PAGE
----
Saturday, June 20, 2009

Back To The Moon



“Many years ago the great British explorer George Mallory, who was to die on Mount Everest, was asked why did he want to climb it. He said, ’Because it was there.’
Well, space is there, and we’re going to climb it, and the Moon and the planets are there, and new hopes for knowledge and peace are there.”
President John F. Kennedy
Address at the Rice University on the Space EffortSeptember 12, 1962
Last Thursday, June 18th, I found myself walking with my lovely case manager, Erin, to the main offices of Skid Row Housing Trust. She needed to drop off some paperwork, and I acted as her bodyguard. We had just left the Olympia Hotel where the Cooking Club would soon convene (grilled cheese sandwiches, I was one of the designated grillers). After completing our mission, while returning to the Olympia, I told Erin, "We're returning to the Moon today."
"We are?" she asked.
"Yes, we are."
I informed her that in a couple of hours in Florida, an Atlas V rocket would be launched, after a delay of one day because we can't seem to launch the Endeavor shuttle as it keeps leaking hydrogen, with two science experiments headed for the moon.
The Lunar Reconnaissance Orbiter and the Lunar Crater Observation and Sensing Spacecraft will enter lunar orbit on Tuesday. The LRO will continue to orbit the moon to look for possible future landing sites for a return to the moon by human astronauts. It will also search for potential natural resources, especially water, as it currently is very expensive to haul water, as well as any thing else, up into space, and it would be advantageous to have some nice lunar agua already there waiting for thirsty astronauts. The LRO consists of seven instruments that will return photographs, and information about lunar topography, temperatures, composition, and more. It also carries a microchip with approximately 1.6 million names that were submitted by the public in response to the LRO's "Send Your Name To The Moon," web-site. Mine and Erin's name are not on it.
The LCROSS, on the other hand will crash into a crater near the south lunar pole in October. Why? It's funny that you should ask. To look for more water, that is why. The LCROSS will hurtle an SUV sized stage into the permanent shadows of a polar crater thereby raising a plume which the LCROSS will actually fly through to analyze its contents. Hopefully some water will be there. It will also provide technologies and modular, reconfigurable subsystems that can be used to support future mission architectures before itself impacts with the lunar surface.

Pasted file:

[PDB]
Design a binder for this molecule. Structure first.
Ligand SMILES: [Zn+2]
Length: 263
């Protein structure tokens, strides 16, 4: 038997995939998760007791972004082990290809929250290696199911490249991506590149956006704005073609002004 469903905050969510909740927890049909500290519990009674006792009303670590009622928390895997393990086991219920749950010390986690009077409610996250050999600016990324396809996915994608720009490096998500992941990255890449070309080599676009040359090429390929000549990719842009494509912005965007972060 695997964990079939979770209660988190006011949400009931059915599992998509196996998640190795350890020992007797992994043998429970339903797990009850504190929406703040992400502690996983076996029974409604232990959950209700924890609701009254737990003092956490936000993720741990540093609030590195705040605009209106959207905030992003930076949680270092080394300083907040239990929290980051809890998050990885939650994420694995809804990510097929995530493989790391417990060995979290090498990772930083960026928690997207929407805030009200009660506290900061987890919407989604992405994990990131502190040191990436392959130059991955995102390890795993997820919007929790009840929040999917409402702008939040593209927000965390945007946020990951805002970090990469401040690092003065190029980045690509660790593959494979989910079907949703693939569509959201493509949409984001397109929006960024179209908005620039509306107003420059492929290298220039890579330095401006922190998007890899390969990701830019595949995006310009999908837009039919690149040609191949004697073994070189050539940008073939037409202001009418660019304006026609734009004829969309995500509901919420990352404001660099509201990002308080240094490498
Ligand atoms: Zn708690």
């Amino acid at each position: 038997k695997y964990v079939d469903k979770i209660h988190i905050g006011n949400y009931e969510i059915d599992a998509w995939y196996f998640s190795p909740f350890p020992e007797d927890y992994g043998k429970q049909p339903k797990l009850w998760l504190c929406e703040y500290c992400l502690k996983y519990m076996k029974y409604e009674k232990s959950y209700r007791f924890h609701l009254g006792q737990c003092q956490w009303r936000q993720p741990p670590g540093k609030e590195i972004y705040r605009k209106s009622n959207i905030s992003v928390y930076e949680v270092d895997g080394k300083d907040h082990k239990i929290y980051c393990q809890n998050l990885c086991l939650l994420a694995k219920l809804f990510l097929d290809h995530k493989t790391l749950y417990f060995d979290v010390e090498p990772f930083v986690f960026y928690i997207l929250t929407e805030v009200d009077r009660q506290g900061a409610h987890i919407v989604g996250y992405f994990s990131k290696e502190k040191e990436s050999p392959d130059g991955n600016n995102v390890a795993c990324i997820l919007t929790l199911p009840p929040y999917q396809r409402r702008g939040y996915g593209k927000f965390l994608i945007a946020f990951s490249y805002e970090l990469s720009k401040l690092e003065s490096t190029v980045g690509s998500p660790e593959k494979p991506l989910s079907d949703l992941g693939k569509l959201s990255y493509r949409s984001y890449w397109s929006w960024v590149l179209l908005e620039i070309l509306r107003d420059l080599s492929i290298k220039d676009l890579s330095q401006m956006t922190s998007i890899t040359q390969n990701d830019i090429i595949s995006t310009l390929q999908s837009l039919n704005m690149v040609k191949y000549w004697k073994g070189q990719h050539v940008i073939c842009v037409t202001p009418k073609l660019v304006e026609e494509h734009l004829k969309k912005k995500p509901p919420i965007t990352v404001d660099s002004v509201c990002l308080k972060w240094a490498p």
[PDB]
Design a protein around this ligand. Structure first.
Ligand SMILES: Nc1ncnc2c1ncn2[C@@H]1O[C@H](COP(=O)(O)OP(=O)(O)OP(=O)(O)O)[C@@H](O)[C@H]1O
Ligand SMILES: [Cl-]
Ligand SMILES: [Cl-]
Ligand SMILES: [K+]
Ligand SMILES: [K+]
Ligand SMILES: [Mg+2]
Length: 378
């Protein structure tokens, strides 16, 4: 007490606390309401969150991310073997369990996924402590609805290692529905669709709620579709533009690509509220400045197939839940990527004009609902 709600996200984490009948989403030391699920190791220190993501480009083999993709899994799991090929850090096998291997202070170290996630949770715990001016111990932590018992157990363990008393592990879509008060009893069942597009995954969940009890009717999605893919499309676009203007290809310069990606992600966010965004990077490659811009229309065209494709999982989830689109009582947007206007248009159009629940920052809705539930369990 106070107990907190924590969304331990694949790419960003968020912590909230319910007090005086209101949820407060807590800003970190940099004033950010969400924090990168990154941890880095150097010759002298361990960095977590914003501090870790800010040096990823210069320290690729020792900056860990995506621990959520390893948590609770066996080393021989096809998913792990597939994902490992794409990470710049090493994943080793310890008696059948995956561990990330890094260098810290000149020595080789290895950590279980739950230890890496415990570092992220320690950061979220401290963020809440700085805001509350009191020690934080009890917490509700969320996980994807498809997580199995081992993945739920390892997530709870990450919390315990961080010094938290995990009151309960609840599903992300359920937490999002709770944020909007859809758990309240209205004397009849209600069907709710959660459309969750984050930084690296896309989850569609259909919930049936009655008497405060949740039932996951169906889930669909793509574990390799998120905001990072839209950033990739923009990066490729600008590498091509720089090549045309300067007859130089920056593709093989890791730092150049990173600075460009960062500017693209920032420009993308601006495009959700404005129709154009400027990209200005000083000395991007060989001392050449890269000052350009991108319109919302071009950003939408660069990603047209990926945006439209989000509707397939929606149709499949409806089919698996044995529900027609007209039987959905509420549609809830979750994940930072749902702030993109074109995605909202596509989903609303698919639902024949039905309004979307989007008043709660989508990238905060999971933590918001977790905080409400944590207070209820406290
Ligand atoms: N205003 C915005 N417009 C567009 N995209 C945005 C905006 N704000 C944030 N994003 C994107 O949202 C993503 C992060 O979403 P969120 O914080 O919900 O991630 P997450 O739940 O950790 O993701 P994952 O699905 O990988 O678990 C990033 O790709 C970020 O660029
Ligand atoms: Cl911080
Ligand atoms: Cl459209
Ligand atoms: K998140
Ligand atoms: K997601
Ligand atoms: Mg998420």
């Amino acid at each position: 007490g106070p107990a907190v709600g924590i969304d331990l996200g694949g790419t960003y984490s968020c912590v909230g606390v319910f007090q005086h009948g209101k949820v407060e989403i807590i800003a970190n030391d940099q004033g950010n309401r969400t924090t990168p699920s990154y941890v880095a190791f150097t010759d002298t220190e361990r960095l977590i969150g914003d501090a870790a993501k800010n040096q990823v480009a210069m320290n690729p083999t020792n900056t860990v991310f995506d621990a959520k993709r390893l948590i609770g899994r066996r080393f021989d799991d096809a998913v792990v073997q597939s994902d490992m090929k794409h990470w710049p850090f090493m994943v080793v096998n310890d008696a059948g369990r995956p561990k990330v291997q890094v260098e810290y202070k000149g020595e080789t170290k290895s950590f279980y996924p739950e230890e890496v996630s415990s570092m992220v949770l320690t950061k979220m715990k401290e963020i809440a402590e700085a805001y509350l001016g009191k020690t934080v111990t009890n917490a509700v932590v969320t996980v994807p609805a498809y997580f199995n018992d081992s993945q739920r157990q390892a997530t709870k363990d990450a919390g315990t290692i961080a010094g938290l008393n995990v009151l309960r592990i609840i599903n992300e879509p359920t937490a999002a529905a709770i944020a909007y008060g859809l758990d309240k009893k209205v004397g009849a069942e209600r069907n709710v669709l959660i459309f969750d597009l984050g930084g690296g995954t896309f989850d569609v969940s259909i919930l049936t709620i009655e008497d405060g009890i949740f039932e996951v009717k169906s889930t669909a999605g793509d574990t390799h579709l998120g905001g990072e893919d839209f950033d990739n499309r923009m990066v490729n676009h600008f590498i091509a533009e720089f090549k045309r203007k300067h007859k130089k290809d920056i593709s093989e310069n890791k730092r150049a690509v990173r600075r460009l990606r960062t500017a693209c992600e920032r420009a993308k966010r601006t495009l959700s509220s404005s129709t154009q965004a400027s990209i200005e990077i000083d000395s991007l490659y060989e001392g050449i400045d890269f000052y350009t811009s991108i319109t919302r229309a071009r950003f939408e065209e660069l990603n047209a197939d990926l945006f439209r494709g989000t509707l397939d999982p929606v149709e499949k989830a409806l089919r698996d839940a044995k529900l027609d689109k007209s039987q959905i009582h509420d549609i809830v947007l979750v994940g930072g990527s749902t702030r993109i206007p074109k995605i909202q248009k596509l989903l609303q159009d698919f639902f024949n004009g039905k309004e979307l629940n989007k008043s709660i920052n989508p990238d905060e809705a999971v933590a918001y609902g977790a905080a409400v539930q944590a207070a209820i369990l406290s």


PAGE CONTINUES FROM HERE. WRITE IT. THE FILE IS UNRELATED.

The Japanese have been up there recently with their KAGUYA Mission, which consisted of three orbiters to obtain information on the origen of the moon, and its evolution, and to gain data for future lunar exploration. KAGUYA impacted on the moon on June 10th.
NASA has just released it's plans for humans returning to the moon by 2018, as a stepping stone for going to Mars. By returning to the moon astronauts will gain valuable knowledge of existing and working in a harsh environment, much more unpleasant than what they will find on Mars, as the moon's atmosphere is so tenuous that it might as well not be there at all, and the temperature can vary from between 253 degrees Fahrenheit, to -387.
It will cost somewhere near 104 billion dollars to return to the moon over the next 9 years, counting increases for inflation, much more money than I have on me, or even in my bank, but within NASA's normal annual budget. Why would we spend so much money to return to an airless, barren rock, when we have so many pressing problems back here on earth. Because of the things we will inevitably learn, the new technologies we will develop which we can apply back here, and because, well, it's there. Our eventual goal should be to become an interplanetary species, so if aliens come and destroy the Earth, we'll still be alive on Mars, and elsewhere. Very important.
I forgot to ask Erin how long would it take to drive to the moon in her car with an average speed of 60 miles an hour. The answer of course would be forever, as there are no gas stations out in space. But if she did have gas it would take about five and a half months.
My lovely case manager was disappointed that the LRO and LCROSS were robotic in nature. She wants to see people return to the moon, the sooner the better. She is an adventurous space enthusiast. So am I. I told her of a time, almost 40 years ago, when I watched on television the Eagle's descent to the moon's surface, and Neil Armstrong finally reporting, "Houston, Tranquility Base here. The Eagle has landed," with about 15 to 25 seconds worth of remaining fuel. And a few hours later, "That's one small step for [a] man, one giant leap for mankind," when he first took a step onto another world.
I can't wait to get back!

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